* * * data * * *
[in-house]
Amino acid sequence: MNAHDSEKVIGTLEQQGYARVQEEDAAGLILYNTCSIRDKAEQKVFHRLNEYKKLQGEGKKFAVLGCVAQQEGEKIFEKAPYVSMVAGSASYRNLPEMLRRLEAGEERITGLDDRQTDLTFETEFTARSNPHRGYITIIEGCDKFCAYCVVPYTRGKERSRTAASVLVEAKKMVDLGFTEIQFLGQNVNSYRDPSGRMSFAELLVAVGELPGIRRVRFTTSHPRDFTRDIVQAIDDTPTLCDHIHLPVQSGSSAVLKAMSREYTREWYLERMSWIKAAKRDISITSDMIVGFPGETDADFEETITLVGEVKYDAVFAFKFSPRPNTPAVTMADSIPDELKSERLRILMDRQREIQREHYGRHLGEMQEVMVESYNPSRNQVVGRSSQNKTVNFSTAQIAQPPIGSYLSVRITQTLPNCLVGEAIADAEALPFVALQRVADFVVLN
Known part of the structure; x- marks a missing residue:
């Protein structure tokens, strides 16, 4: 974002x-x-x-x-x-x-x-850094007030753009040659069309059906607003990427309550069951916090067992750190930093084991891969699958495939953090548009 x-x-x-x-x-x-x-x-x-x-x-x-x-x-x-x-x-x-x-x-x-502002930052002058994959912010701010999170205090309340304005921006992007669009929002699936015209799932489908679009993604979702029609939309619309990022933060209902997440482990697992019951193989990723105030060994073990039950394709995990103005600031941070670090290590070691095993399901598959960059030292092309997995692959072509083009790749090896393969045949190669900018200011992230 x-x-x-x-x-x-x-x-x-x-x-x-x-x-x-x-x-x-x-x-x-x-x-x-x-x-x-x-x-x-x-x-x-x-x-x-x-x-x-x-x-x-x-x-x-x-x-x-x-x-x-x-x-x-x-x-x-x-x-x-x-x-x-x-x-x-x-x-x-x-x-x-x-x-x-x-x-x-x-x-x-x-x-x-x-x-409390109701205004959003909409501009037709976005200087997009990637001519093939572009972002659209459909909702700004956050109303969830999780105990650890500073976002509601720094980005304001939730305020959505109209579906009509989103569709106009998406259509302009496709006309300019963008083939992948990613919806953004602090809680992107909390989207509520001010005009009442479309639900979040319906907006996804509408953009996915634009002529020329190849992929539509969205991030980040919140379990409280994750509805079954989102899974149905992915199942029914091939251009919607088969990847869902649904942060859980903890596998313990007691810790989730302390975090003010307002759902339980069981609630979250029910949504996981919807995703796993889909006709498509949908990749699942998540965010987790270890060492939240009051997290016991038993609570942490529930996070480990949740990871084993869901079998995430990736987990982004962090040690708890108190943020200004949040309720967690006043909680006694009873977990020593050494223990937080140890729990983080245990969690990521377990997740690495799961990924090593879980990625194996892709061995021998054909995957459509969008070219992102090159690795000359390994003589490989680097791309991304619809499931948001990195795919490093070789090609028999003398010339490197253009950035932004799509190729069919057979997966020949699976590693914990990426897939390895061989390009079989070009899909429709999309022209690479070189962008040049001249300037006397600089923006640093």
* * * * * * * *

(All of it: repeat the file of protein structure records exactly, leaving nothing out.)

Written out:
[in-house]
Amino acid sequence: MNAHDSEKVIGTLEQQGYARVQEEDAAGLILYNTCSIRDKAEQKVFHRLNEYKKLQGEGKKFAVLGCVAQQEGEKIFEKAPYVSMVAGSASYRNLPEMLRRLEAGEERITGLDDRQTDLTFETEFTARSNPHRGYITIIEGCDKFCAYCVVPYTRGKERSRTAASVLVEAKKMVDLGFTEIQFLGQNVNSYRDPSGRMSFAELLVAVGELPGIRRVRFTTSHPRDFTRDIVQAIDDTPTLCDHIHLPVQSGSSAVLKAMSREYTREWYLERMSWIKAAKRDISITSDMIVGFPGETDADFEETITLVGEVKYDAVFAFKFSPRPNTPAVTMADSIPDELKSERLRILMDRQREIQREHYGRHLGEMQEVMVESYNPSRNQVVGRSSQNKTVNFSTAQIAQPPIGSYLSVRITQTLPNCLVGEAIADAEALPFVALQRVADFVVLN
Known part of the structure; x- marks a missing residue:
């Protein structure tokens, strides 16, 4: 974002x-x-x-x-x-x-x-850094007030753009040659069309059906607003990427309550069951916090067992750190930093084991891969699958495939953090548009 x-x-x-x-x-x-x-x-x-x-x-x-x-x-x-x-x-x-x-x-x-502002930052002058994959912010701010999170205090309340304005921006992007669009929002699936015209799932489908679009993604979702029609939309619309990022933060209902997440482990697992019951193989990723105030060994073990039950394709995990103005600031941070670090290590070691095993399901598959960059030292092309997995692959072509083009790749090896393969045949190669900018200011992230 x-x-x-x-x-x-x-x-x-x-x-x-x-x-x-x-x-x-x-x-x-x-x-x-x-x-x-x-x-x-x-x-x-x-x-x-x-x-x-x-x-x-x-x-x-x-x-x-x-x-x-x-x-x-x-x-x-x-x-x-x-x-x-x-x-x-x-x-x-x-x-x-x-x-x-x-x-x-x-x-x-x-x-x-x-x-409390109701205004959003909409501009037709976005200087997009990637001519093939572009972002659209459909909702700004956050109303969830999780105990650890500073976002509601720094980005304001939730305020959505109209579906009509989103569709106009998406259509302009496709006309300019963008083939992948990613919806953004602090809680992107909390989207509520001010005009009442479309639900979040319906907006996804509408953009996915634009002529020329190849992929539509969205991030980040919140379990409280994750509805079954989102899974149905992915199942029914091939251009919607088969990847869902649904942060859980903890596998313990007691810790989730302390975090003010307002759902339980069981609630979250029910949504996981919807995703796993889909006709498509949908990749699942998540965010987790270890060492939240009051997290016991038993609570942490529930996070480990949740990871084993869901079998995430990736987990982004962090040690708890108190943020200004949040309720967690006043909680006694009873977990020593050494223990937080140890729990983080245990969690990521377990997740690495799961990924090593879980990625194996892709061995021998054909995957459509969008070219992102090159690795000359390994003589490989680097791309991304619809499931948001990195795919490093070789090609028999003398010339490197253009950035932004799509190729069919057979997966020949699976590693914990990426897939390895061989390009079989070009899909429709999309022209690479070189962008040049001249300037006397600089923006640093």